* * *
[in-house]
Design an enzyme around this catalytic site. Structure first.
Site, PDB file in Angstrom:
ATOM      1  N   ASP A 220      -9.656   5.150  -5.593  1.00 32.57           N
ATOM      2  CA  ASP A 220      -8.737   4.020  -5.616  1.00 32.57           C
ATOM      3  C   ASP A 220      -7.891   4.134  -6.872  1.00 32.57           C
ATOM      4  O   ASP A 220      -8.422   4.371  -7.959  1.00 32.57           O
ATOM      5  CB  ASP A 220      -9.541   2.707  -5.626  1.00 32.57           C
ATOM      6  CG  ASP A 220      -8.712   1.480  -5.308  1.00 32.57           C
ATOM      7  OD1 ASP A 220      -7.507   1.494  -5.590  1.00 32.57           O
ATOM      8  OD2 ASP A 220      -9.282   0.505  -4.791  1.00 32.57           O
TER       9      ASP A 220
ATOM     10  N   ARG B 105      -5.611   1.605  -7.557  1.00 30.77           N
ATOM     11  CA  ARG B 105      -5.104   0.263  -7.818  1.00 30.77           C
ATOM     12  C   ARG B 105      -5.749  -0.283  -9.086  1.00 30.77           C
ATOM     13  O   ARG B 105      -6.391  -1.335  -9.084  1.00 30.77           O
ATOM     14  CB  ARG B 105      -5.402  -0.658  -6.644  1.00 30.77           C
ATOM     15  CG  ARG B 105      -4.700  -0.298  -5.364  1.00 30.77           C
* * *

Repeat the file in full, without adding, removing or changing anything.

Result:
[in-house]
Design an enzyme around this catalytic site. Structure first.
Site, PDB file in Angstrom:
ATOM      1  N   ASP A 220      -9.656   5.150  -5.593  1.00 32.57           N
ATOM      2  CA  ASP A 220      -8.737   4.020  -5.616  1.00 32.57           C
ATOM      3  C   ASP A 220      -7.891   4.134  -6.872  1.00 32.57           C
ATOM      4  O   ASP A 220      -8.422   4.371  -7.959  1.00 32.57           O
ATOM      5  CB  ASP A 220      -9.541   2.707  -5.626  1.00 32.57           C
ATOM      6  CG  ASP A 220      -8.712   1.480  -5.308  1.00 32.57           C
ATOM      7  OD1 ASP A 220      -7.507   1.494  -5.590  1.00 32.57           O
ATOM      8  OD2 ASP A 220      -9.282   0.505  -4.791  1.00 32.57           O
TER       9      ASP A 220
ATOM     10  N   ARG B 105      -5.611   1.605  -7.557  1.00 30.77           N
ATOM     11  CA  ARG B 105      -5.104   0.263  -7.818  1.00 30.77           C
ATOM     12  C   ARG B 105      -5.749  -0.283  -9.086  1.00 30.77           C
ATOM     13  O   ARG B 105      -6.391  -1.335  -9.084  1.00 30.77           O
ATOM     14  CB  ARG B 105      -5.402  -0.658  -6.644  1.00 30.77           C
ATOM     15  CG  ARG B 105      -4.700  -0.298  -5.364  1.00 30.77           C